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The 15-year anniversary of Israel’s withdrawal from Gaza has been accompanied by a wave of painful personal and political memoirs, amid a difficult debate on the wisdom of Ariel Sharon’s sudden policy shift.

The latest round of “balloon terrorism” from Gaza that is torching the fields and trees of southern Israel, and the periodic rocket attacks, sending thousands of Israelis into shelters in the middle of the night, are reminders that the hoped-for quiet was an illusion.

Instead of using the withdrawal as an opportunity for economic development to lift the people of Gaza out of poverty, the Palestinian leaders have diverted international aid into cross-border attack tunnels and rocket brigades.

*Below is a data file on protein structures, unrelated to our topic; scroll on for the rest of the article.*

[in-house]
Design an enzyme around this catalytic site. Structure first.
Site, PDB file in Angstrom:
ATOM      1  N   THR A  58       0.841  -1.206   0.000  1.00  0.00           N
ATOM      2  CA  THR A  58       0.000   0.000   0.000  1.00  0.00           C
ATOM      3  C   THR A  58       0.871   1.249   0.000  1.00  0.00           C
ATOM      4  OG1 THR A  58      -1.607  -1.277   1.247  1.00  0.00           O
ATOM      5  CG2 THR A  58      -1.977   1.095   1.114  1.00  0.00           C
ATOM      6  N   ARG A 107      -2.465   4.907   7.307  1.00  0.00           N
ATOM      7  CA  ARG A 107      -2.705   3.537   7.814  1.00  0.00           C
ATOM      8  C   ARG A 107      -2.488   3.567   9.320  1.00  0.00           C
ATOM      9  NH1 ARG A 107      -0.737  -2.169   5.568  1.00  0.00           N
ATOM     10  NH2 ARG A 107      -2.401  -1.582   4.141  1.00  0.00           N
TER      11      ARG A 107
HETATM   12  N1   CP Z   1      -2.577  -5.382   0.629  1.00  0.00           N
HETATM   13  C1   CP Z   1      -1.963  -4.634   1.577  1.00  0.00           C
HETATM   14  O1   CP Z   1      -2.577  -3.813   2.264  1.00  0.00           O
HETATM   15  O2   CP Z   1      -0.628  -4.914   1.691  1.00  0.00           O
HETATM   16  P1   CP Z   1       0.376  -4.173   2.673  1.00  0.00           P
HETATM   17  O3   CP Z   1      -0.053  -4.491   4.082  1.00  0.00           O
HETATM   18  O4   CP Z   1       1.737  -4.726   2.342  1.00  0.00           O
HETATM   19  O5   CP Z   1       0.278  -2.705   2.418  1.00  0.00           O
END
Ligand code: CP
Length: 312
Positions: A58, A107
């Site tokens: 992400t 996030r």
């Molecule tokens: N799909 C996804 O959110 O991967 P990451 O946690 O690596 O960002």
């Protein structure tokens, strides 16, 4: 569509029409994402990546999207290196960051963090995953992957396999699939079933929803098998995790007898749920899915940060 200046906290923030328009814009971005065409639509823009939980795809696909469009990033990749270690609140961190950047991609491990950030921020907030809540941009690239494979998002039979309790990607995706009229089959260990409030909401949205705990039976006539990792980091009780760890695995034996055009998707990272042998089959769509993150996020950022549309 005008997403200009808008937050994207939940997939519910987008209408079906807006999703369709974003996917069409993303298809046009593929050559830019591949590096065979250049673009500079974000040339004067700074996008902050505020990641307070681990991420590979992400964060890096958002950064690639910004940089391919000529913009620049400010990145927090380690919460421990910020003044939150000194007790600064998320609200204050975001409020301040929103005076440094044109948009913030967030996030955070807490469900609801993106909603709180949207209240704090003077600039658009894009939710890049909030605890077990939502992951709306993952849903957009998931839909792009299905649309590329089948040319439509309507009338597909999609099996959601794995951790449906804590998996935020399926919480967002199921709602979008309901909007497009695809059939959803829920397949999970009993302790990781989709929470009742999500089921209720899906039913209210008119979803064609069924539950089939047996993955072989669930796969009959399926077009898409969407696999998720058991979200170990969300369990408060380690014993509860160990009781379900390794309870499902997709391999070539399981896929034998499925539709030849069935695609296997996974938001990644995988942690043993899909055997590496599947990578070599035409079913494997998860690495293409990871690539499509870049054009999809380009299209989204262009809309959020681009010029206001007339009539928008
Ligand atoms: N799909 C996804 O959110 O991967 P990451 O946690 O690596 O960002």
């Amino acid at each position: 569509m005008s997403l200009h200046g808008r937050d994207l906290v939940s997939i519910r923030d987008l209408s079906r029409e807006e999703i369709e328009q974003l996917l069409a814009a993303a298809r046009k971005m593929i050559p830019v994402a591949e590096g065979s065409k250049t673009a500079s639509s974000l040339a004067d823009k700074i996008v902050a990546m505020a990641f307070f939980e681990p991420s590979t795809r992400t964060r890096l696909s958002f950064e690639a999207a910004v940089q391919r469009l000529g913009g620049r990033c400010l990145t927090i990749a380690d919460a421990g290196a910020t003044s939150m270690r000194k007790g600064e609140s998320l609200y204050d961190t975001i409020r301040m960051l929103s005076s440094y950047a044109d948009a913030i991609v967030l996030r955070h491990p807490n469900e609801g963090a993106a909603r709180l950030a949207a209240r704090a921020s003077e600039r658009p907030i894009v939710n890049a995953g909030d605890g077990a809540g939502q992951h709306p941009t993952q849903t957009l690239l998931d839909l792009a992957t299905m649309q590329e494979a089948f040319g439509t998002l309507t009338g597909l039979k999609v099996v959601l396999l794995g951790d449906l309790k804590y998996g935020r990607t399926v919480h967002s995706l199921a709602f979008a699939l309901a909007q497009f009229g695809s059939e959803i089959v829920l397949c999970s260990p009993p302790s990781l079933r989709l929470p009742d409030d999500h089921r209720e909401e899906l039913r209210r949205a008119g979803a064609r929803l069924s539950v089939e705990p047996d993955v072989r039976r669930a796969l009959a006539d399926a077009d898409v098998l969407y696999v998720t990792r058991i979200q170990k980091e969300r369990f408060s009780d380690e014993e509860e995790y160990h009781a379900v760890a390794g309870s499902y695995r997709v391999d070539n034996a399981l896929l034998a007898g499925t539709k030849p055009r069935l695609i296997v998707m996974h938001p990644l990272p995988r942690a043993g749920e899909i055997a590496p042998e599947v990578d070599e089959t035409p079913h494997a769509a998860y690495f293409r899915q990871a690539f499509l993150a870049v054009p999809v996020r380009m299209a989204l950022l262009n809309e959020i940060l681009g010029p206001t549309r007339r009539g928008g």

Largely forgotten in this historical reckoning is the European Union’s role in this process, and the failure of the EU to provide the guarantees they had pledged to fulfill in 2005.

After Israel’s withdrawal, the EUBAM (European Union Border Assistance Mission) was deployed at the Rafah crossing point between Gaza and Egypt. The mission consisted of some 60 police and customs officials “to help bring peace to the area,” ostensibly by monitoring traffic in order to deter smuggling of weapons into Gaza.